Permanent Collection

Manuel Millares

Las Palmas de Gran Canaria (Canary Islands), 1926–Madrid, 1972
Sarcophagus for Philip II, 1963Sarcophagus for Philip II, 1963

Sarcófago para Felipe II is amongst Millares' most important works of the 1970s. Starting with the title, there is no doubt as to the context of this monumental and mournful piece.

1963, 1964 and 1965 were decisive years in Millares' career. Immersed in what might be termed a realist stage, he then found it necessary to further outline the objectives he had begun to define at the end of the 1950s in texts such as "El homúnculo en la pintura moderna," which was published in the Papeles de San Armadans issue devoted to the El Paso group.

Philip II, and "Black Spain" in a more general sense, was a source of inspiration for many Spanish artists of the period, including, Antonio Saura, Manuel Rivera and the members of the Equipo Crónica group.

Sarcófago para Felipe II has an archaic, solemn, funereal feeling that points towards Millares' passion for archeology. Let us not forget the interest he showed in the Guanche mummies displayed at Las Palmas' Museo Canario while still a young man. There was no doubt a darker side to Millares' personality, fascinated as he was by corpses, tombs, ruins and excavations. And all of it can be seen in this work. Therefore, it would be far too simplistic to try to explain such a powerful picture as this one in terms of mere political or social "criticism" —the artist is aware of being part of a tradition with which he has a peculiar love-hate relationship. Be that as it may, the origin of Millares' criticism is ethical and goes beyond any one particular political circumstance.

Mine Gallery, 1965Mine Gallery, 1965

In Sarcófago para Felipe II [Sarcophagus for Philip II] we accompanied Millares through the maze of the Spain of El Escorial. In this smaller and more compact work, we follow him through the "mine gallery." It is not the first time that a metaphor of this nature appears in Millares work: like archaeology—another of his passions —mining is an activity that involves the manipulation of soil and the need to safeguard against cave-ins.

Naturally, these are simply metaphors, ways of describing a painting that, like much of modern art, defies verbal "explanation." However, in the same way that Sarcófago para Felipe II suggests a corpse lying in the middle of a tomb, with the indispensable help of the title we can contemplate Galería de la mina as a figurative space—the lower part, bereft of paint and therefore navigable, contrasts with the threatening profile of Millares' traditional torn and re-woven sackcloth above it.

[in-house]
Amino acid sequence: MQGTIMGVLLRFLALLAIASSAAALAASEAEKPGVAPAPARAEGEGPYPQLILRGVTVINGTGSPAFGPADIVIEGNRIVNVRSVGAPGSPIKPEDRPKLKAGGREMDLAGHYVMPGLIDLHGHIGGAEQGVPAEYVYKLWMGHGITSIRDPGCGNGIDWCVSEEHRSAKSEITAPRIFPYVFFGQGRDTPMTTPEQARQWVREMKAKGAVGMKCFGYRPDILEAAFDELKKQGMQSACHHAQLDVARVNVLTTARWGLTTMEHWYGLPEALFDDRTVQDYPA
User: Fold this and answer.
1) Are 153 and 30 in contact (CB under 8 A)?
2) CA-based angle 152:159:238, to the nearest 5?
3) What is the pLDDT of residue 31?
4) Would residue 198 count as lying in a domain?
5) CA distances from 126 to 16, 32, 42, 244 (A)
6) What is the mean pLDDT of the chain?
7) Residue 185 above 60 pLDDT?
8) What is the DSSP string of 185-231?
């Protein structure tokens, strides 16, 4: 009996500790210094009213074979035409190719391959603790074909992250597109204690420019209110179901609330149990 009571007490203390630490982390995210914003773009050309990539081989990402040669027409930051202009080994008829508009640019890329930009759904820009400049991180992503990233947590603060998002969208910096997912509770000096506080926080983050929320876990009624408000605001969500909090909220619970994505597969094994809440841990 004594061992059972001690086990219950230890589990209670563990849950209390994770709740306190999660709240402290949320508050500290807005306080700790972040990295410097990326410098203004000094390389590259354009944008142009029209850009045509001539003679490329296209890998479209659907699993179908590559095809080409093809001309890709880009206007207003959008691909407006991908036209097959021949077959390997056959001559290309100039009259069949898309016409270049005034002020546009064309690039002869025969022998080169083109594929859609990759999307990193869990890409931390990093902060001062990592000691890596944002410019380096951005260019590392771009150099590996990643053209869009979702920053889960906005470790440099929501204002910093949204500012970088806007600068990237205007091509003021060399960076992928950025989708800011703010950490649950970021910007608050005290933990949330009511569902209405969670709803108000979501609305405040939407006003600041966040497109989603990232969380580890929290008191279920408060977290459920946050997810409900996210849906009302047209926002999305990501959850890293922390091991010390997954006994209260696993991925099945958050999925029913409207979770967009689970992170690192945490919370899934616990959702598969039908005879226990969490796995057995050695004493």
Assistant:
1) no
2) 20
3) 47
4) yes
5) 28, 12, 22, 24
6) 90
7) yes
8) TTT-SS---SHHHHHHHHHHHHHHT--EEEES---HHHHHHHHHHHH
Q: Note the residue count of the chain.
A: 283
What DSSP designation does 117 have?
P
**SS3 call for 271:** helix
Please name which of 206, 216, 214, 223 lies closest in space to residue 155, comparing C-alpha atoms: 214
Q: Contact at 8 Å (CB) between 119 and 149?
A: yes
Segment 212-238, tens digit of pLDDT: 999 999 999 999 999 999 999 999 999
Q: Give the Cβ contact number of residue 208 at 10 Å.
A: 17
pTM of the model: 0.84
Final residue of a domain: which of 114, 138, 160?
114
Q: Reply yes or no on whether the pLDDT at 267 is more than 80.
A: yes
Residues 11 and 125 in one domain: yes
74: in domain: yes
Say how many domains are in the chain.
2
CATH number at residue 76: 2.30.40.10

When Millares first employed this technique, he was praised by some and vilified by others, who described his work as a manifestation of unsightliness. However, as is always the case with Millares, given the harshness of his themes, we end up in awe as to how he manages to produce a painting of such striking beauty, of such rare serenity and balance with this very technique.

Anthropofauna, 1971Anthropofauna, 1971

Manuel Millares died while still young in 1972. Whenever I think about the final stage of his work, the rotund and beautiful manner in which it was defined by the Portuguese critic José Augusto Franca springs to mind: "The triumph of white."

It is not as if there had never been white before in Millares' work. There had been, as well as pinks and grays. The sepulchral black of his earlier paintings was never so black as for it to be completely dominant. In Millares' tortured universe, there were always white spaces, as we have previously seen in Galería de la mina [Mine Gallery].

However, as his death approached, Millares, long afflicted by ill-health, elevated his work to a plane of unprecedented serenity. Set against the dark vision of his "homunculus," the realist period of Sarcófago para Felipe II [Sarcophagus for Philip II], or the 1964 anti-Franco satire of Artefactos para la paz [Artifacts for Peace], Millares' final period, with his Neanderthalios and Antropofaunas, constitutes a beautifully white and universal ending. To understand the genealogy of these later works, besides his approaching death, we should take into account the trip he made to the Sahara, where he took copious notes on animal skeletons lying at the side of the road.

Nevertheless, these new developments did not imply the exclusion of some of Millares' customary formalist motifs, nor did they prevent the appearance of paintings such as Homenaje a Miguel Hernández [Homage to Miguel Hernández, 1967], which was as black as any of his earlier works. It is also worth mentioning the portfolio Descubrimiento en Millares 1671 [Discovery in Millares 1671]—the diary of an imaginary archaeologist in the Spanish Golden Century—which was published by this museum in 1971.

Juan Manuel Bonet, en Catalog Museo de Arte Abstracto Español, Cuenca, Fundación Juan March, Madrid, 2016